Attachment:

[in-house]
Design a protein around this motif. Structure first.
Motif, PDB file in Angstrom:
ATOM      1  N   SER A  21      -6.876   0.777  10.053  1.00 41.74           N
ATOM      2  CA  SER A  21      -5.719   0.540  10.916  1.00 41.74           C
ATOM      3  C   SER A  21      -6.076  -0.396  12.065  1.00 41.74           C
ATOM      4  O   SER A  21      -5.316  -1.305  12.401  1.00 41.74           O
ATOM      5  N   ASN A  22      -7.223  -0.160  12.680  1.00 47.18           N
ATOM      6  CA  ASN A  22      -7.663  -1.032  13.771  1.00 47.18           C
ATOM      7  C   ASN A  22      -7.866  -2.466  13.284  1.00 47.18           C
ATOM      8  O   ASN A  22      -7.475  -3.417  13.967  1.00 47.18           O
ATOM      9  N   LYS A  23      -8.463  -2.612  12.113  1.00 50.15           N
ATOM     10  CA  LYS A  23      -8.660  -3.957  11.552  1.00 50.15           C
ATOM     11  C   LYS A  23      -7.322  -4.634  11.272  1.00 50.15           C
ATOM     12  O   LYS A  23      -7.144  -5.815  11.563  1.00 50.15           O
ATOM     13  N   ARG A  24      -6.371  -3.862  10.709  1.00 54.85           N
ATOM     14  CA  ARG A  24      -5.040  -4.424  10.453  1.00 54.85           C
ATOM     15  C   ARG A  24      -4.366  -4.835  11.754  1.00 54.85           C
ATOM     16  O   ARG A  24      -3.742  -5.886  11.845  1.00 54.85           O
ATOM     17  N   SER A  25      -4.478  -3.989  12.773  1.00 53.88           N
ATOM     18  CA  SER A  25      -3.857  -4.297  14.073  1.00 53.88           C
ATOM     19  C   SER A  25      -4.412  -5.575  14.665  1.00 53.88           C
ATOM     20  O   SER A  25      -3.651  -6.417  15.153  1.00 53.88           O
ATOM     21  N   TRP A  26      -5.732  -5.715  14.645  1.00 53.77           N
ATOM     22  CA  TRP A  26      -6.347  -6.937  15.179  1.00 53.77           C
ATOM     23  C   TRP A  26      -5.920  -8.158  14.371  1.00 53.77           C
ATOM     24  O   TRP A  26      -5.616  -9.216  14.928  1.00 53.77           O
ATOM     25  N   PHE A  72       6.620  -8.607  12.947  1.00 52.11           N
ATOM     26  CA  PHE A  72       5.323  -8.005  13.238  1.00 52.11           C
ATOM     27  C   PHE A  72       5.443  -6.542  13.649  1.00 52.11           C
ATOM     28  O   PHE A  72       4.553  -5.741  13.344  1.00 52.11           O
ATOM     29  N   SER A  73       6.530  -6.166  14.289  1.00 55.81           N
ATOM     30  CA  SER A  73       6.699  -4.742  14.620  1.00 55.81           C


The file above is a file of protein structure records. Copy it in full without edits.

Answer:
[in-house]
Design a protein around this motif. Structure first.
Motif, PDB file in Angstrom:
ATOM      1  N   SER A  21      -6.876   0.777  10.053  1.00 41.74           N
ATOM      2  CA  SER A  21      -5.719   0.540  10.916  1.00 41.74           C
ATOM      3  C   SER A  21      -6.076  -0.396  12.065  1.00 41.74           C
ATOM      4  O   SER A  21      -5.316  -1.305  12.401  1.00 41.74           O
ATOM      5  N   ASN A  22      -7.223  -0.160  12.680  1.00 47.18           N
ATOM      6  CA  ASN A  22      -7.663  -1.032  13.771  1.00 47.18           C
ATOM      7  C   ASN A  22      -7.866  -2.466  13.284  1.00 47.18           C
ATOM      8  O   ASN A  22      -7.475  -3.417  13.967  1.00 47.18           O
ATOM      9  N   LYS A  23      -8.463  -2.612  12.113  1.00 50.15           N
ATOM     10  CA  LYS A  23      -8.660  -3.957  11.552  1.00 50.15           C
ATOM     11  C   LYS A  23      -7.322  -4.634  11.272  1.00 50.15           C
ATOM     12  O   LYS A  23      -7.144  -5.815  11.563  1.00 50.15           O
ATOM     13  N   ARG A  24      -6.371  -3.862  10.709  1.00 54.85           N
ATOM     14  CA  ARG A  24      -5.040  -4.424  10.453  1.00 54.85           C
ATOM     15  C   ARG A  24      -4.366  -4.835  11.754  1.00 54.85           C
ATOM     16  O   ARG A  24      -3.742  -5.886  11.845  1.00 54.85           O
ATOM     17  N   SER A  25      -4.478  -3.989  12.773  1.00 53.88           N
ATOM     18  CA  SER A  25      -3.857  -4.297  14.073  1.00 53.88           C
ATOM     19  C   SER A  25      -4.412  -5.575  14.665  1.00 53.88           C
ATOM     20  O   SER A  25      -3.651  -6.417  15.153  1.00 53.88           O
ATOM     21  N   TRP A  26      -5.732  -5.715  14.645  1.00 53.77           N
ATOM     22  CA  TRP A  26      -6.347  -6.937  15.179  1.00 53.77           C
ATOM     23  C   TRP A  26      -5.920  -8.158  14.371  1.00 53.77           C
ATOM     24  O   TRP A  26      -5.616  -9.216  14.928  1.00 53.77           O
ATOM     25  N   PHE A  72       6.620  -8.607  12.947  1.00 52.11           N
ATOM     26  CA  PHE A  72       5.323  -8.005  13.238  1.00 52.11           C
ATOM     27  C   PHE A  72       5.443  -6.542  13.649  1.00 52.11           C
ATOM     28  O   PHE A  72       4.553  -5.741  13.344  1.00 52.11           O
ATOM     29  N   SER A  73       6.530  -6.166  14.289  1.00 55.81           N
ATOM     30  CA  SER A  73       6.699  -4.742  14.620  1.00 55.81           C